DIY Moroccan Vinyl Tile Floor
A DIY tutorial for how to install moroccan peel & stick vinyl tiles. Less messy than paint. Less time-consuming and less expensive than real tile!
Happy Eclipse Day! Olivia and I are wearing matching welding helmets in our backyard today while Robert is at work being forced to hide from the sun. (Juuuust kidding about the welding helmets. I wish we were that cool.)
Anyways, I’m losing my train of thought over here. Back a couple of months ago when I was dreaming all-things-laundry-room, I mentioned how I hoped to paint our gross vinyl floor.
(Want to see this room’s final reveal? Click here to see the full tour.)
We painted the walls, we painted the cabinets, we painted the ceiling and the trim. If you stand still in this room long enough, I will paint you.
I’ve heard of so many rockstar DIYers having success painting vinyl floors with those pretty Moroccan style stencils, and I figured I’d take a stab at it. Buuuuut then I found a less messy, less smelly, less time-consuming (hopefully more durable) solution that I’m loving even more- vinyl Moroccan tile. Yassss!
I debated a lot (and even shared a whole slew of my faves), but I landed on a clean black and white pattern to add some va-va-voom… and also help hide any dirt we traipse in here since this room is our big workhorse of the house.
Here’s how the floor started.
Womp womp. Not cute.
We’re hoping in a few years we can do more of a Phase 2 renovation where we rip out the 1960s cabinets, reconfigure them to create better flow in this space, and add real tile in here. But for now, we’re cool with a quick cosmetic fix.
So here’s the skinny on how we installed the vinyl tiles.
Supplies Used: (Some affiliate links are provided below for convenience.)
- Vinyl tiles (we used the matte 20 cm floor rated ones of these peel and stick tiles)
- Krud Kutter TSP substitute
- Dry rag towels
- Wallpaper smoother tool
- Utility knife
To make sure we started with a totally clean slate, I swept the old vinyl floor first and scrubbed them with the Krud Kutter TSP. Then, let dry.
We started installing the tiles in the spot that would go underneath the washer and dryer so we could get the hang of it. Since the old vinyl flooring already had straight lines on it, we were able to use that as a guide to keep the vinyl tiles straight.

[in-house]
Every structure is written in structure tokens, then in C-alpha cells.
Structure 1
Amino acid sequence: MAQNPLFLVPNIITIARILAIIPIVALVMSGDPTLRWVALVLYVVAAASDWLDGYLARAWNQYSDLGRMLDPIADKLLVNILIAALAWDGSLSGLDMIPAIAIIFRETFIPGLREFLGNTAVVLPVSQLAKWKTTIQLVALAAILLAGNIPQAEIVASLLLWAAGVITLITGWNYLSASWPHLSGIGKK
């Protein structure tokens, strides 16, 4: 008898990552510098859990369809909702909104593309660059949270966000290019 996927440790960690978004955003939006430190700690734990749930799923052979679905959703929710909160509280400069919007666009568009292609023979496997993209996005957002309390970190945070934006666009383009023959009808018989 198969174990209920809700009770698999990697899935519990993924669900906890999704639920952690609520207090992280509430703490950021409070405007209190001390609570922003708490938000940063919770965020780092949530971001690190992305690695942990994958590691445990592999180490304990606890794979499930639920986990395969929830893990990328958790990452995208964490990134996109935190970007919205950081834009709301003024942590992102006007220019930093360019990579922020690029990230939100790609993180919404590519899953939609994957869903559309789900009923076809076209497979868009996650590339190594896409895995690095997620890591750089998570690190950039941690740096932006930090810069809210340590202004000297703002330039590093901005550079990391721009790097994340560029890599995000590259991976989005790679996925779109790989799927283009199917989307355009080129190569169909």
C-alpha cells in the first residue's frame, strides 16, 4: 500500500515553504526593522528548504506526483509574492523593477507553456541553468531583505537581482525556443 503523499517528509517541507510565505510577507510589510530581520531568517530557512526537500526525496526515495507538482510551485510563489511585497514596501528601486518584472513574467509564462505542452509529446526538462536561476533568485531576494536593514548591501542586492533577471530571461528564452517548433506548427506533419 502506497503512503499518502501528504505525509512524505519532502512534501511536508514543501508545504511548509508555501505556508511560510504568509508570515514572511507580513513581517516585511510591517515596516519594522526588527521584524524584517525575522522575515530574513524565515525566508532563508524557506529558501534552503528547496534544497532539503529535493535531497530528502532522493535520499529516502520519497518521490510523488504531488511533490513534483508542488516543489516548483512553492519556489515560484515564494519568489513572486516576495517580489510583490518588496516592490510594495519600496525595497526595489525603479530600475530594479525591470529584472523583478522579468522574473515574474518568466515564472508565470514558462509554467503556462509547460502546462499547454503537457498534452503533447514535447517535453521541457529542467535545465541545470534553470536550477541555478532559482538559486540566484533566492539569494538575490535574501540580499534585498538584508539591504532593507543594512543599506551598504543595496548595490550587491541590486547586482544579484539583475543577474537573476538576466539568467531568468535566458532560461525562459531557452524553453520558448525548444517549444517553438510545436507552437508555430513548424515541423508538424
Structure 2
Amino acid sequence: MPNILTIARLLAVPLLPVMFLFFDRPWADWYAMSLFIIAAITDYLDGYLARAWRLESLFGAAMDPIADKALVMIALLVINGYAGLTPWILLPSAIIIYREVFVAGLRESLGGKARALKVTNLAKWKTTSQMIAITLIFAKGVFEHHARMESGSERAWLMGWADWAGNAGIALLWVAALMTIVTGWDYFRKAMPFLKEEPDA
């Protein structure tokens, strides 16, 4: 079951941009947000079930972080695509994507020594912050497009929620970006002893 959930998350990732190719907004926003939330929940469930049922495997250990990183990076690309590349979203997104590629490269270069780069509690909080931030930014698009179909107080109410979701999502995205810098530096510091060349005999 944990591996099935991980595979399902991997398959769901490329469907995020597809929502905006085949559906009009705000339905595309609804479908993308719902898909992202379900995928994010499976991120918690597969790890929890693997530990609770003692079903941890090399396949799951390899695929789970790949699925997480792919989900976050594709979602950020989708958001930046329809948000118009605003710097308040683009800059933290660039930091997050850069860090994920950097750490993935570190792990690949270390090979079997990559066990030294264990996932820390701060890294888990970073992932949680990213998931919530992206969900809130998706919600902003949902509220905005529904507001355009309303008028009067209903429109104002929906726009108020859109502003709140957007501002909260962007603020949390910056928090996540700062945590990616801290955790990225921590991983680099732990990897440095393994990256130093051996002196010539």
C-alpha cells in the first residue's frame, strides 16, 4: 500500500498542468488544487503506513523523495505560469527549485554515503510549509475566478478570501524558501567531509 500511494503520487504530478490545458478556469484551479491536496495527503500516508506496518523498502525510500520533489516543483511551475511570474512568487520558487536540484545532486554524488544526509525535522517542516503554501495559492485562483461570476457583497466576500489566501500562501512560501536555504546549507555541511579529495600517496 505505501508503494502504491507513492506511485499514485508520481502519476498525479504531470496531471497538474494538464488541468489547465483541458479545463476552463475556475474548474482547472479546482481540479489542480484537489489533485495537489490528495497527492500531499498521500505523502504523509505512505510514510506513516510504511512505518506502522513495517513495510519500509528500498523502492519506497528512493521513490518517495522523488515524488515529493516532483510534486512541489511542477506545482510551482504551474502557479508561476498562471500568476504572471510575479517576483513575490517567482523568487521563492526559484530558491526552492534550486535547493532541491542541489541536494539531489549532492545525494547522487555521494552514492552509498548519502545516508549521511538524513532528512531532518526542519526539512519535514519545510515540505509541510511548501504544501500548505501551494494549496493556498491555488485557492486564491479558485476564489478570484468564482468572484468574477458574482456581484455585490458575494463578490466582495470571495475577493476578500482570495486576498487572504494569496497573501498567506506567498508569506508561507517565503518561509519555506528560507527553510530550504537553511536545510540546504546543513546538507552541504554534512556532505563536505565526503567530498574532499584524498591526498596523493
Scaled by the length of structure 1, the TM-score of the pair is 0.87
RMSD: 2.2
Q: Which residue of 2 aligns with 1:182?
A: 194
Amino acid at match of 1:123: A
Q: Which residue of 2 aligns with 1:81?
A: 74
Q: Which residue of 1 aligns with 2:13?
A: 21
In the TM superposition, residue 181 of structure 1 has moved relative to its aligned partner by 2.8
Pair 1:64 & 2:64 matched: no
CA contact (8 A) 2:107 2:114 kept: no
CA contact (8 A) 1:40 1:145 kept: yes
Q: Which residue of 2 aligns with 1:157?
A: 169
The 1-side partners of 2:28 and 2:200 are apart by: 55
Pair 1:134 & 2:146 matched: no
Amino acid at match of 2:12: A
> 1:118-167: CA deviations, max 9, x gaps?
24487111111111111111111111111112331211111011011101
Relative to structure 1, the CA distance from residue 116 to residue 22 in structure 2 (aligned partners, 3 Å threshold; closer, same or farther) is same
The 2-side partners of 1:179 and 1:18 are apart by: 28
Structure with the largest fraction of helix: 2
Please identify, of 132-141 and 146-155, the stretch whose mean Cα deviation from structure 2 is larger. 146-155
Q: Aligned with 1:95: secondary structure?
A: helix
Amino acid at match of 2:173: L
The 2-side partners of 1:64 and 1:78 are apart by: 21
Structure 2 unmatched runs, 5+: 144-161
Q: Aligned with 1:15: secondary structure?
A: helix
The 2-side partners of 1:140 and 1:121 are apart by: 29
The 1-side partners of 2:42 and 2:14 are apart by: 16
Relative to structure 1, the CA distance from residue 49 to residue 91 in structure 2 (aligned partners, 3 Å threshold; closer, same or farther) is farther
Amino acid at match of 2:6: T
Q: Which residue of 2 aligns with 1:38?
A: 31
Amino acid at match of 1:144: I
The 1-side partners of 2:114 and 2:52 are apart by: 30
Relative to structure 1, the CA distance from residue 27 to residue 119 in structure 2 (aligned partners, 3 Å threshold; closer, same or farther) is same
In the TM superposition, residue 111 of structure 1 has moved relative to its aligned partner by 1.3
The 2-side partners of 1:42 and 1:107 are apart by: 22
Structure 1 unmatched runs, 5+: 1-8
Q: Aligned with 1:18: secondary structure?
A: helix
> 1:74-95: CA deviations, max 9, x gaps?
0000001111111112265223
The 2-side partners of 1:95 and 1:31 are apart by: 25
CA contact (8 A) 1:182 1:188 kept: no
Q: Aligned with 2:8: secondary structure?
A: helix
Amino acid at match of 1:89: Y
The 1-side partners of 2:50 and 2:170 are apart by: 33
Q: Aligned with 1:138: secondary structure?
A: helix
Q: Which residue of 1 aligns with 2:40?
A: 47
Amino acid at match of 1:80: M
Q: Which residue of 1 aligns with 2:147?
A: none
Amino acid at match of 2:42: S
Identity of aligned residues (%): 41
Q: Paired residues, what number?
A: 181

If you don’t have lines on existing vinyl to help you though, use a chalk line to create a starting point since walls aren’t always completely straight.
Just peel the backing, lay it straight, and smooth it out with the wallpaper smoother tool. We didn’t run into any issues at all with bubbling, so the wallpaper smoother tool might have even been overkill. Good to be thorough though.
When we got to tricky spots where we had to trim the pieces, we just folded the tile where we needed it to crease and used a utility knife to cut it. For really complicated obstacles, we used a piece of paper backing as a template to trace with pencil and trim the tile.
The whole process took just a couple of hours as opposed to a couple of days like painting the floors would have been.
The floor ended up not being 100% perfect. Some of the patterns didn’t fully align by a millimeter or two, and we left about a 1/8″ gap between the tiles to make it appear to have grout. But anything was an improvement from the icky floor before.
After 24 hours of allowing the adhesive to cure, they can be mopped and walked on.
Once we were finished, we had to scoot the washer and dryer across the floor and not a single tile budged!
We’ve been in and out of this room for nearly two weeks now, and it’s held up perfectly so far.
I’m SO amazed how they turned out! If we ever get tired of the pattern, it won’t be nearly as difficult to change up as laying real Moroccan cement tile would have been. I don’t see us replacing them for a very long time though.
I still have some organizing solutions to figure out in here along with swapping out the florescent light, but we’re very close to calling this space finished!
If you want to know about any of the other sources or projects we’ve done in the laundry room, here’s the full rundown:
- Mood Board and Design Plans
- Laundry Room Paint
- French Bifold Door
- Vintage Clothesline Printable Art
Have you ever used these vinyl peel and stick tiles before? Or ones like them? Did they hold up okay in the long run? I’m sure I’ll report back in about 6 months with a final verdict of their durability. Crossing my fingers and toes over here!
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